Thursday, November 22, 2012

After visiting a nursing home

from w
I wrote this a few year's ago after visiting my elderly mother when she was in Special Care at the Swan Hill District Hospital. She had all her faculties but her body let her down and yet lived amidst a variety of elderly patients who had dementia and various disabilities.  I  sympathised with the men and women there, though I barely understood their situation, being  able-bodied myself then.

Waking in the Night

The nurse, a new migrant
rouses from the nest of duty,
props her ‘New Wife’s Kiss’ on her desk,
cat-limps down the corridor to my bell.
An azure night mocks, making the hours bleaker
as a car skids on an icy highway.

His absence, their absence,
my heart grows still,
perhaps they are just busy.
This is the House of God in waiting.

What use is my former humour
as Telemus scoots by in his chair
shouting for his Mana.
He’s half my age but there’d been an accident
in Greece. No more fish and chips for him.
With the build of a strong athlete
he wheels himself, shouting out ‘Mana!’
Wearing his bright beanie by sun or moon.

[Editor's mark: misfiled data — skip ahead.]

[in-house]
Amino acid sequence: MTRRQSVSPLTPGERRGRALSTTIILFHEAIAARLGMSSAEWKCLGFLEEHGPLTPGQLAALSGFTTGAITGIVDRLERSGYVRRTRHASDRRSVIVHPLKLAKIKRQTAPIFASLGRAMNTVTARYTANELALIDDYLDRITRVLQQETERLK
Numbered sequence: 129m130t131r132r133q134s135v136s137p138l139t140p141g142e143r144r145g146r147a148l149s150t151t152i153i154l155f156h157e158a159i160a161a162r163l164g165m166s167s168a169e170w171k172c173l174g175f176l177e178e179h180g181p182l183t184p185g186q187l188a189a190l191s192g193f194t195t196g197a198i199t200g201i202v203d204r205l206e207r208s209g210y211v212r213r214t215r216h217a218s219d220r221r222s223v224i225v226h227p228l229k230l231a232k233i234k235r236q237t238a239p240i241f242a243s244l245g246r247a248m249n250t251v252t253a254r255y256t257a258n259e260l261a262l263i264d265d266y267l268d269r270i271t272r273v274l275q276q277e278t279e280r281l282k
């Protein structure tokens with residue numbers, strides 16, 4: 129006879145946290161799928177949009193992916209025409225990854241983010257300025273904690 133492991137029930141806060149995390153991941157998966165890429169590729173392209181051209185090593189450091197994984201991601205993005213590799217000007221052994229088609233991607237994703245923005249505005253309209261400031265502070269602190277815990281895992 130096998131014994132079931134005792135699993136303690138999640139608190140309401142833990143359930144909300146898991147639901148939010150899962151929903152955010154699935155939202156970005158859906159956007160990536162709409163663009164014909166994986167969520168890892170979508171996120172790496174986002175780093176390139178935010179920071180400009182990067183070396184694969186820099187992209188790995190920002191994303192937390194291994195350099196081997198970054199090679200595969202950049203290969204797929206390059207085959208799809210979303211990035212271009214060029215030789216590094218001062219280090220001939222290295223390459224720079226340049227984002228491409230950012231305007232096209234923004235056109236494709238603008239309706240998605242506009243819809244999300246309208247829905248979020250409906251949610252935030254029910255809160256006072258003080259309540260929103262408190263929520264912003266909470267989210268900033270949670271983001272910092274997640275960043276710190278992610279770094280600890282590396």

he shares our bathroom,
urinous from the constant drips in us
Legless or mindless, cut off
at the knees or from words,
this is our day in a four-bed ward.

The nursing station lights bring out Sylvia,
porcupine eyes, with a tray of pills
without labels that we can read.
No-one notices I hide them all.
She is unfit, roly-poly as a seal
As she swashbuckles about in her tight uniform
removing the residue of our supper.

There is no bravado left in us,
no dignity as they strip us bare
In a pubic shame.

In between the limits of each day,
Hours go by under a  banal television
and one slightly nonsensical Alzeimers
pushes a chair as a vaccuum.
He’s forgotten by attendants at teabreak.
There are many like so
in this Special Care Unit.

After a cardboard breakfast
I weigh sixty kilos this morning.
Once I walked miles at golf,
strutted in my turtle-necked sweater
before the smooth bedroom mirror.
Now the future is less familiar
And I am just a pinched face
amidst these declining thoroughbreds
near my age, some twice my weight.
We are all old-timers, senior citizens,
Some of us locked in memory
And I now wake in fright.


Blogger annie said...

So touching, Wendy. Thank you for expressing how confusing and frightening these difficulties are for our loved ones and they feel so alone with them.


4:50 PM  

Post a Comment

<< Home